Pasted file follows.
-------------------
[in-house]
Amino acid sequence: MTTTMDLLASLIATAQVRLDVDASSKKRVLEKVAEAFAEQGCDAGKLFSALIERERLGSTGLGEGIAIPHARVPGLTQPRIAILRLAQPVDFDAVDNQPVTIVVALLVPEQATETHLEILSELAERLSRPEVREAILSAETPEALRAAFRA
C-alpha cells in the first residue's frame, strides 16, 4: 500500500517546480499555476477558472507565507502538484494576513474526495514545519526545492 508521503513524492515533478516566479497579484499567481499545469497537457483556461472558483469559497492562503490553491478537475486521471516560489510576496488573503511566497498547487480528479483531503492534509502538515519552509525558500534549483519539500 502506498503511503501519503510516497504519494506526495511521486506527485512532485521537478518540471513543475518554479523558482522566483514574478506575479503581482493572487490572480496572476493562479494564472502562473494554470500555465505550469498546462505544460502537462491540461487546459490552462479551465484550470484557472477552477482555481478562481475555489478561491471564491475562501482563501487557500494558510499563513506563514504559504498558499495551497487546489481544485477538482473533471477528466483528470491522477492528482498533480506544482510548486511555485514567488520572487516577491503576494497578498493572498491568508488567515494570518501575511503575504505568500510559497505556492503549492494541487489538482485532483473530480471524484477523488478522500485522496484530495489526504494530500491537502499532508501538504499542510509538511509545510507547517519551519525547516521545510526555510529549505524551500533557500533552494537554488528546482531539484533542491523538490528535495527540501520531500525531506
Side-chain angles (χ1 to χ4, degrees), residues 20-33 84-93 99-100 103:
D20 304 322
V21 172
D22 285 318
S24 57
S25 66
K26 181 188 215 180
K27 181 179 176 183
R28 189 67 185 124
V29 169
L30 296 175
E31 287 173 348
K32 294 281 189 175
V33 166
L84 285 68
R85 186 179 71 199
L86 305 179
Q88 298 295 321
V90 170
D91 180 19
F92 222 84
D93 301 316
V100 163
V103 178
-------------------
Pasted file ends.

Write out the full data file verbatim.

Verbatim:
[in-house]
Amino acid sequence: MTTTMDLLASLIATAQVRLDVDASSKKRVLEKVAEAFAEQGCDAGKLFSALIERERLGSTGLGEGIAIPHARVPGLTQPRIAILRLAQPVDFDAVDNQPVTIVVALLVPEQATETHLEILSELAERLSRPEVREAILSAETPEALRAAFRA
C-alpha cells in the first residue's frame, strides 16, 4: 500500500517546480499555476477558472507565507502538484494576513474526495514545519526545492 508521503513524492515533478516566479497579484499567481499545469497537457483556461472558483469559497492562503490553491478537475486521471516560489510576496488573503511566497498547487480528479483531503492534509502538515519552509525558500534549483519539500 502506498503511503501519503510516497504519494506526495511521486506527485512532485521537478518540471513543475518554479523558482522566483514574478506575479503581482493572487490572480496572476493562479494564472502562473494554470500555465505550469498546462505544460502537462491540461487546459490552462479551465484550470484557472477552477482555481478562481475555489478561491471564491475562501482563501487557500494558510499563513506563514504559504498558499495551497487546489481544485477538482473533471477528466483528470491522477492528482498533480506544482510548486511555485514567488520572487516577491503576494497578498493572498491568508488567515494570518501575511503575504505568500510559497505556492503549492494541487489538482485532483473530480471524484477523488478522500485522496484530495489526504494530500491537502499532508501538504499542510509538511509545510507547517519551519525547516521545510526555510529549505524551500533557500533552494537554488528546482531539484533542491523538490528535495527540501520531500525531506
Side-chain angles (χ1 to χ4, degrees), residues 20-33 84-93 99-100 103:
D20 304 322
V21 172
D22 285 318
S24 57
S25 66
K26 181 188 215 180
K27 181 179 176 183
R28 189 67 185 124
V29 169
L30 296 175
E31 287 173 348
K32 294 281 189 175
V33 166
L84 285 68
R85 186 179 71 199
L86 305 179
Q88 298 295 321
V90 170
D91 180 19
F92 222 84
D93 301 316
V100 163
V103 178